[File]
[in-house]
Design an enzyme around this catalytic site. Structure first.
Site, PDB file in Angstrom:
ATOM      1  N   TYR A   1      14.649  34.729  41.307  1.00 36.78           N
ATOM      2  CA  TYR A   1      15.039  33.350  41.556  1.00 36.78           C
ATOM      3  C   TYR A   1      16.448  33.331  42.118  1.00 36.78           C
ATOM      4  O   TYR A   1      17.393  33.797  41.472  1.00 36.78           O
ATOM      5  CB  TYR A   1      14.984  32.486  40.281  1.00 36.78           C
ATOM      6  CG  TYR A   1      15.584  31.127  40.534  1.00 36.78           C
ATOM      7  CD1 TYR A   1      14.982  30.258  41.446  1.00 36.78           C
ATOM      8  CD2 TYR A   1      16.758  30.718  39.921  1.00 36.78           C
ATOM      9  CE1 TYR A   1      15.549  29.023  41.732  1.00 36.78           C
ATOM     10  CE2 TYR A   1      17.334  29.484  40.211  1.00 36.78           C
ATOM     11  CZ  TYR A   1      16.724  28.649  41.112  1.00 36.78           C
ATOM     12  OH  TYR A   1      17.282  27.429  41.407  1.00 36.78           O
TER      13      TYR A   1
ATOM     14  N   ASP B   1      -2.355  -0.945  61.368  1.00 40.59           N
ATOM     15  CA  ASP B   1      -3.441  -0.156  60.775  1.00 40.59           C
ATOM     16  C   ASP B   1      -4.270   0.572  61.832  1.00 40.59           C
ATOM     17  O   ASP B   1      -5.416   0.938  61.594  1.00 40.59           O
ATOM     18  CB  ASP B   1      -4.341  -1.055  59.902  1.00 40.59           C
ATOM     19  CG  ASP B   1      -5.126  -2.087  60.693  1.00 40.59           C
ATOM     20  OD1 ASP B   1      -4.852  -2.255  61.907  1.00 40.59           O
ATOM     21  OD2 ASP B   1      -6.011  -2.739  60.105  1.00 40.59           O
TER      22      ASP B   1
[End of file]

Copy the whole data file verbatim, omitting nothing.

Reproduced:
[in-house]
Design an enzyme around this catalytic site. Structure first.
Site, PDB file in Angstrom:
ATOM      1  N   TYR A   1      14.649  34.729  41.307  1.00 36.78           N
ATOM      2  CA  TYR A   1      15.039  33.350  41.556  1.00 36.78           C
ATOM      3  C   TYR A   1      16.448  33.331  42.118  1.00 36.78           C
ATOM      4  O   TYR A   1      17.393  33.797  41.472  1.00 36.78           O
ATOM      5  CB  TYR A   1      14.984  32.486  40.281  1.00 36.78           C
ATOM      6  CG  TYR A   1      15.584  31.127  40.534  1.00 36.78           C
ATOM      7  CD1 TYR A   1      14.982  30.258  41.446  1.00 36.78           C
ATOM      8  CD2 TYR A   1      16.758  30.718  39.921  1.00 36.78           C
ATOM      9  CE1 TYR A   1      15.549  29.023  41.732  1.00 36.78           C
ATOM     10  CE2 TYR A   1      17.334  29.484  40.211  1.00 36.78           C
ATOM     11  CZ  TYR A   1      16.724  28.649  41.112  1.00 36.78           C
ATOM     12  OH  TYR A   1      17.282  27.429  41.407  1.00 36.78           O
TER      13      TYR A   1
ATOM     14  N   ASP B   1      -2.355  -0.945  61.368  1.00 40.59           N
ATOM     15  CA  ASP B   1      -3.441  -0.156  60.775  1.00 40.59           C
ATOM     16  C   ASP B   1      -4.270   0.572  61.832  1.00 40.59           C
ATOM     17  O   ASP B   1      -5.416   0.938  61.594  1.00 40.59           O
ATOM     18  CB  ASP B   1      -4.341  -1.055  59.902  1.00 40.59           C
ATOM     19  CG  ASP B   1      -5.126  -2.087  60.693  1.00 40.59           C
ATOM     20  OD1 ASP B   1      -4.852  -2.255  61.907  1.00 40.59           O
ATOM     21  OD2 ASP B   1      -6.011  -2.739  60.105  1.00 40.59           O
TER      22      ASP B   1